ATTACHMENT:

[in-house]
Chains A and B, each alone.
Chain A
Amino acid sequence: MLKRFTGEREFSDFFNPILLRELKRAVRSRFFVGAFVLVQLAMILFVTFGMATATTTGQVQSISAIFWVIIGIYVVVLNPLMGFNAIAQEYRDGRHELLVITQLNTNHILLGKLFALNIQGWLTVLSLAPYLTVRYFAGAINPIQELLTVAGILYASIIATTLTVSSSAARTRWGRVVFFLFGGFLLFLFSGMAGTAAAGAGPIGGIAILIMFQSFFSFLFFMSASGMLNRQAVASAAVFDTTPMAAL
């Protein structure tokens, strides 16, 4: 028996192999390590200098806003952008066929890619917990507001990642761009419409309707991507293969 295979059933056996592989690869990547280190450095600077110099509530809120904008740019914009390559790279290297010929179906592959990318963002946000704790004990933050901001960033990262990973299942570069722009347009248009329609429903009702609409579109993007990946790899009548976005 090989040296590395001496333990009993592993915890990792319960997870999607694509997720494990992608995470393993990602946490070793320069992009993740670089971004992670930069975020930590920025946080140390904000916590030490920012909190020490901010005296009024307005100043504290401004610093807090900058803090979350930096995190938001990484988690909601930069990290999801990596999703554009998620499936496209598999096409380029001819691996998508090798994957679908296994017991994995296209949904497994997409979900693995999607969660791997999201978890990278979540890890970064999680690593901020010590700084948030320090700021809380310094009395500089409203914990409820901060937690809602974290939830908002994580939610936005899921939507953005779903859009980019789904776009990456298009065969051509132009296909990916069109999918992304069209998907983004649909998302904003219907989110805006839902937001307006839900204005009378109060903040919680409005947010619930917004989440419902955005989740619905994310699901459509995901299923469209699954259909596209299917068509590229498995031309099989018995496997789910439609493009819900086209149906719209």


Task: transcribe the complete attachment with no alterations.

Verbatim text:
[in-house]
Chains A and B, each alone.
Chain A
Amino acid sequence: MLKRFTGEREFSDFFNPILLRELKRAVRSRFFVGAFVLVQLAMILFVTFGMATATTTGQVQSISAIFWVIIGIYVVVLNPLMGFNAIAQEYRDGRHELLVITQLNTNHILLGKLFALNIQGWLTVLSLAPYLTVRYFAGAINPIQELLTVAGILYASIIATTLTVSSSAARTRWGRVVFFLFGGFLLFLFSGMAGTAAAGAGPIGGIAILIMFQSFFSFLFFMSASGMLNRQAVASAAVFDTTPMAAL
């Protein structure tokens, strides 16, 4: 028996192999390590200098806003952008066929890619917990507001990642761009419409309707991507293969 295979059933056996592989690869990547280190450095600077110099509530809120904008740019914009390559790279290297010929179906592959990318963002946000704790004990933050901001960033990262990973299942570069722009347009248009329609429903009702609409579109993007990946790899009548976005 090989040296590395001496333990009993592993915890990792319960997870999607694509997720494990992608995470393993990602946490070793320069992009993740670089971004992670930069975020930590920025946080140390904000916590030490920012909190020490901010005296009024307005100043504290401004610093807090900058803090979350930096995190938001990484988690909601930069990290999801990596999703554009998620499936496209598999096409380029001819691996998508090798994957679908296994017991994995296209949904497994997409979900693995999607969660791997999201978890990278979540890890970064999680690593901020010590700084948030320090700021809380310094009395500089409203914990409820901060937690809602974290939830908002994580939610936005899921939507953005779903859009980019789904776009990456298009065969051509132009296909990916069109999918992304069209998907983004649909998302904003219907989110805006839902937001307006839900204005009378109060903040919680409005947010619930917004989440419902955005989740619905994310699901459509995901299923469209699954259909596209299917068509590229498995031309099989018995496997789910439609493009819900086209149906719209």